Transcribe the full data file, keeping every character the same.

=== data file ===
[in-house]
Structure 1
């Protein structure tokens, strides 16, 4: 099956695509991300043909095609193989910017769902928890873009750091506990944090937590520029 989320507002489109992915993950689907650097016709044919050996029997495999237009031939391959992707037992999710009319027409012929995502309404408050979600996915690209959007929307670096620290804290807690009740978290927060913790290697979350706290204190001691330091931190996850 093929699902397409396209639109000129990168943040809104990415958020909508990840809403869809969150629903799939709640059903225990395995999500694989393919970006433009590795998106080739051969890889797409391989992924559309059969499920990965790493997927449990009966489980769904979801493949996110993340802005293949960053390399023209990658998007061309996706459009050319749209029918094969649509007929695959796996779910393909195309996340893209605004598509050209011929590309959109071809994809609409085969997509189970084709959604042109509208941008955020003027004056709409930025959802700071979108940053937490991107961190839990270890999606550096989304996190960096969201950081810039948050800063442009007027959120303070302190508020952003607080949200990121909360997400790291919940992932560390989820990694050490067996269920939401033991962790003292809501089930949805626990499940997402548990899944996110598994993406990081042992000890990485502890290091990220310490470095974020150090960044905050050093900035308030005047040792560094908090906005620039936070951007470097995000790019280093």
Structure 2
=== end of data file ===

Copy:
[in-house]
Structure 1
């Protein structure tokens, strides 16, 4: 099956695509991300043909095609193989910017769902928890873009750091506990944090937590520029 989320507002489109992915993950689907650097016709044919050996029997495999237009031939391959992707037992999710009319027409012929995502309404408050979600996915690209959007929307670096620290804290807690009740978290927060913790290697979350706290204190001691330091931190996850 093929699902397409396209639109000129990168943040809104990415958020909508990840809403869809969150629903799939709640059903225990395995999500694989393919970006433009590795998106080739051969890889797409391989992924559309059969499920990965790493997927449990009966489980769904979801493949996110993340802005293949960053390399023209990658998007061309996706459009050319749209029918094969649509007929695959796996779910393909195309996340893209605004598509050209011929590309959109071809994809609409085969997509189970084709959604042109509208941008955020003027004056709409930025959802700071979108940053937490991107961190839990270890999606550096989304996190960096969201950081810039948050800063442009007027959120303070302190508020952003607080949200990121909360997400790291919940992932560390989820990694050490067996269920939401033991962790003292809501089930949805626990499940997402548990899944996110598994993406990081042992000890990485502890290091990220310490470095974020150090960044905050050093900035308030005047040792560094908090906005620039936070951007470097995000790019280093």
Structure 2